Last Updated 09 Apr 2020

Simulation

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SLIP is a privately held investment corporation founded in 1961. It had become a diversified company consisting of a total of 9 subsidiaries. The oldest three were In the home products business: a Virginia-based brass software company, an outdoor lantern company based In Maine, and an antique reproduction furniture company in Maryland. A second group of four subsidiaries formed in the sass's was focused on research in the fields of consumer product marketing, computer software, tax research, and investment financial analysis.

Hoping to capitalize on their tax and investment expertise, they recently armed Spring Lane Development Corporation and Spring Lane Natural Resources, which were Involved In real estate development natural resource exploration, respectively. Spring Lane employed a total of 525 people and had revenues of $30 million in 1987. Spring Lane Natural Resources was formed to pursue natural resource exploration because SLIP management felt that favorable tax laws provided them opportunities to achieve significant profits In this arena.

Their primary goal was to find and produce natural gas from shale, to capture the so-called "Section 29" tax credits associated with such gas. Ingress passed this tax credit In 1978 as part of the Natural Gas Policy Act in order to stimulate drilling for natural gas found in shale. Although natural gas exploration was clearly riskier than their other investments, SLIP felt the risks could be managed by drilling only sites that were surrounded on three or four sides by existing wells. To date, SLUR had drilled four wells.

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It wasn't difficult operationally to drill the wells, but It was challenging to find enough high- quality investment opportunities. In the first five months of production, one of the wells had already paid back 52 percent of its initial investment well ahead of the argue payout. The other wells were also doing quite well and all were on schedule for meeting their target return on investment. SLUR hopes to drill 20 more wells in 1988. Formed. This gave SLUR full responsibility for choosing the sites and managing the well if gas was found. SLUR would retain about 25 percent ownership and sell the rest to several general partners.

As managing general partner, SLUR was responsible for hiring a general contractor who would do the drilling. Slur's geologist, Brad Thomas, would determine whether there was enough gas to make it worth completing the well. If he decided to go ahead, the general contractor would be in charge of the day-to-day operations of the well. SLUR had entered into a Joint venture with Excel Energy of Bridgeport, West Virginia, in which it was agreed that Excel would act as the general contractor for all of Slur's wells in West Virginia. Excel also agreed to take a small ownership interest in each of these wells.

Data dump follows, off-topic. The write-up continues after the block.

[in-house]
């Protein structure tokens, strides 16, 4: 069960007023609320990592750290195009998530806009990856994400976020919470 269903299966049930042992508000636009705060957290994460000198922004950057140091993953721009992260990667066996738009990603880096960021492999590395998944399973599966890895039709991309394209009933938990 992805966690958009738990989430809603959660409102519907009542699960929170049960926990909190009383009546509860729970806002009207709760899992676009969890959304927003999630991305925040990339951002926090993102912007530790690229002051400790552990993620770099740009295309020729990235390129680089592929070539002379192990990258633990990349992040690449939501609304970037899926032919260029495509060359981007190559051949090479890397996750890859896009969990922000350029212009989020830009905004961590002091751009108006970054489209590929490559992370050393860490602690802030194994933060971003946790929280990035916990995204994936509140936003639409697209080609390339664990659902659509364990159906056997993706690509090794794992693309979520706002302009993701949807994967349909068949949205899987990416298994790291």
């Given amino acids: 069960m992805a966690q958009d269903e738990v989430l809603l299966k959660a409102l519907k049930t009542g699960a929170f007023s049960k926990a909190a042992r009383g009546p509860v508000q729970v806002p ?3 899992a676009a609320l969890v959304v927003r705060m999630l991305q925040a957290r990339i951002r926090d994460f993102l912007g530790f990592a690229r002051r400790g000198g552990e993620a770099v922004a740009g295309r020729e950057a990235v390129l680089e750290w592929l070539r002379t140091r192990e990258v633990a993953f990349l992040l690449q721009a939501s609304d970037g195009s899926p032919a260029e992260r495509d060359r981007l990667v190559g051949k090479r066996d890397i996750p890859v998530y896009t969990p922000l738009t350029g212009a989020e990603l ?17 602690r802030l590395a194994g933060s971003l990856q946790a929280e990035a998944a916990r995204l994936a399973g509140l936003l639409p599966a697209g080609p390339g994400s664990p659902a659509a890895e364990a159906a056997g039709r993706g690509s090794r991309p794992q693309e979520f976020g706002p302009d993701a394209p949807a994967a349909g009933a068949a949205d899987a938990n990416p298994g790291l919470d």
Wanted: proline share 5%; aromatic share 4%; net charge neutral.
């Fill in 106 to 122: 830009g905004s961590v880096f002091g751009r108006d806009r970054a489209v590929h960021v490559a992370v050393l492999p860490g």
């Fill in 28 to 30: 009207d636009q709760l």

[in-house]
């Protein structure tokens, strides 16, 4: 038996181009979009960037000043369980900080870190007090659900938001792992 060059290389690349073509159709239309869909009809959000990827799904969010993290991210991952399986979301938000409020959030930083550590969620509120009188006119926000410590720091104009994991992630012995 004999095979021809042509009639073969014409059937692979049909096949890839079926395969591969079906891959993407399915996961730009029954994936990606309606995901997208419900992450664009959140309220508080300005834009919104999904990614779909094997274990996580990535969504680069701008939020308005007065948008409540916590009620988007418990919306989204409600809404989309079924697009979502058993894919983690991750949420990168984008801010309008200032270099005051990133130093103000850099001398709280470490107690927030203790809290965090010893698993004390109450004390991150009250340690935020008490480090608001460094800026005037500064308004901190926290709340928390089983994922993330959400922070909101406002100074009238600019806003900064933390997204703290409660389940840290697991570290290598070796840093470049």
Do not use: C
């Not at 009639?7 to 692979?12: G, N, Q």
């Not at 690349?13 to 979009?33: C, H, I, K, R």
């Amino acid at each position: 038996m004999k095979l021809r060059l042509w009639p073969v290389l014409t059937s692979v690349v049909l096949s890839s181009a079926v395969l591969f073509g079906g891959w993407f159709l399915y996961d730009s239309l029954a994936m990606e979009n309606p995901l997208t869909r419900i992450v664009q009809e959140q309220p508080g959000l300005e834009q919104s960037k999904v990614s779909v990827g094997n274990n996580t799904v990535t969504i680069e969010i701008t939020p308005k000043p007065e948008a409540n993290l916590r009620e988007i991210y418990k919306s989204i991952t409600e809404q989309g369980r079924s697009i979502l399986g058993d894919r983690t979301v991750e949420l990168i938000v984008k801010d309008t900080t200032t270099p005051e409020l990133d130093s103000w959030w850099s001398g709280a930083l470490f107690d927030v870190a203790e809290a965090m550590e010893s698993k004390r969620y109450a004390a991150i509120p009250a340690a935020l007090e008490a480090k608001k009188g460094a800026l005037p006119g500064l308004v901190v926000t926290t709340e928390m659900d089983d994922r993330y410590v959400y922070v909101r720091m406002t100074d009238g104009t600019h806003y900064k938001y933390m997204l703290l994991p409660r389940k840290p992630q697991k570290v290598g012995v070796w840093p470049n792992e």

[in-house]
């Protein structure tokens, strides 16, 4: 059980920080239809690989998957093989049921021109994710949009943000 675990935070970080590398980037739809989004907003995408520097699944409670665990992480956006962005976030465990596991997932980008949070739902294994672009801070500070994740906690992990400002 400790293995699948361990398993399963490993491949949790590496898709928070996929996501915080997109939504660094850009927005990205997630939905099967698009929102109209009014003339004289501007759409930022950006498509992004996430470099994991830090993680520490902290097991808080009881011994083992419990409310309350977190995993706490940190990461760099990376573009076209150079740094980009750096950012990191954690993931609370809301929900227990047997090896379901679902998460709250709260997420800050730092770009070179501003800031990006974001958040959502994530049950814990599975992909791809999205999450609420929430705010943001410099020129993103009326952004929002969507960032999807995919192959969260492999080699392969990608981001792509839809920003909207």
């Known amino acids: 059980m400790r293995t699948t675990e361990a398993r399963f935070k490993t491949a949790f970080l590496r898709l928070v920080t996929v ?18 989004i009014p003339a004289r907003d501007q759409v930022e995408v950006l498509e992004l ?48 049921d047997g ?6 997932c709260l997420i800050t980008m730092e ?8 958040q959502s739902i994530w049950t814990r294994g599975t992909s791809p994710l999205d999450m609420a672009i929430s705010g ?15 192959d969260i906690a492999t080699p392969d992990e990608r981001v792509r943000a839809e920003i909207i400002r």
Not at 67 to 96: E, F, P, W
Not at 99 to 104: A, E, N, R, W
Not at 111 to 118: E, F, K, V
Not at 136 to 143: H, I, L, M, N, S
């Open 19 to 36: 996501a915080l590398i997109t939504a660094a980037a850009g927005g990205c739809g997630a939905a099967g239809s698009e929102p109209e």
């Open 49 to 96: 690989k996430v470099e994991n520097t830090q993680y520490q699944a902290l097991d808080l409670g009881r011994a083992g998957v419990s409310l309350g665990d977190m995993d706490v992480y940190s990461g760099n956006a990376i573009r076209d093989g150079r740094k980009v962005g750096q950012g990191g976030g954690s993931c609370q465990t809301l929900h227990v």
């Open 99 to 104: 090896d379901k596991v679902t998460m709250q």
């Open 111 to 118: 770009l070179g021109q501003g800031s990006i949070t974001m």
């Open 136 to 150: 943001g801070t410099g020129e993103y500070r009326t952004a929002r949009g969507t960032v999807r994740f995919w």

The Bailey Prospect: Base Case Analysis Exhibit 1 is a copy of the spreadsheet developed by Lisa Weatherboard to analyze the Bailey Prospect. The Bailey Prospect is surrounded by four producing wells from the target gas formation. Thus, SLUR was pretty confident that they would hit the gas formation, but they were mindful that there is always a possibility that due to geological anomalies (e. G. , drilling into a fault), a well might fail and result in zero production. Brad Thomas (the geologist) estimated the probability of this kind of failure at the Bailey Prospect to be about 10 percent.

If they were successful, SLUR would sell the gas to pipeline distributors who would pay a price for the gas that depends on the BTU content of the gas. [2] The BTU content of the gas would not be known until the well was producing, but once reducing, the BTU content would not change over the lifetime of the well. Brad Thomas estimated the BTU content of the gas to be 55 BTU per cubic foot; this was the average of the BTU contents at the nearby wells. The current price paid by the pipeline is $1. 90 per AMBIT (million BTU); the price paid by the pipeline would be tied to the market prices for gas and, hence, might change over time. 3] Lisa assumed that prices would grow with inflation over time. [4] The rate at which gas would flow from the well would not be known until the well was completed. Brad estimated that the gas would initially flow at a rate of 33,000 Mac thousand cubic feet) per year and then decline following the schedule shown in Exhibit 1. The spreadsheet shown in Exhibit 1 is essentially an income statement over the life of the well. (The spreadsheet goes out 25 years; only the first 13 years are shown in the exhibit. ) The gross revenue is the price per Mac of gas times the Mac of gas produced in a given year.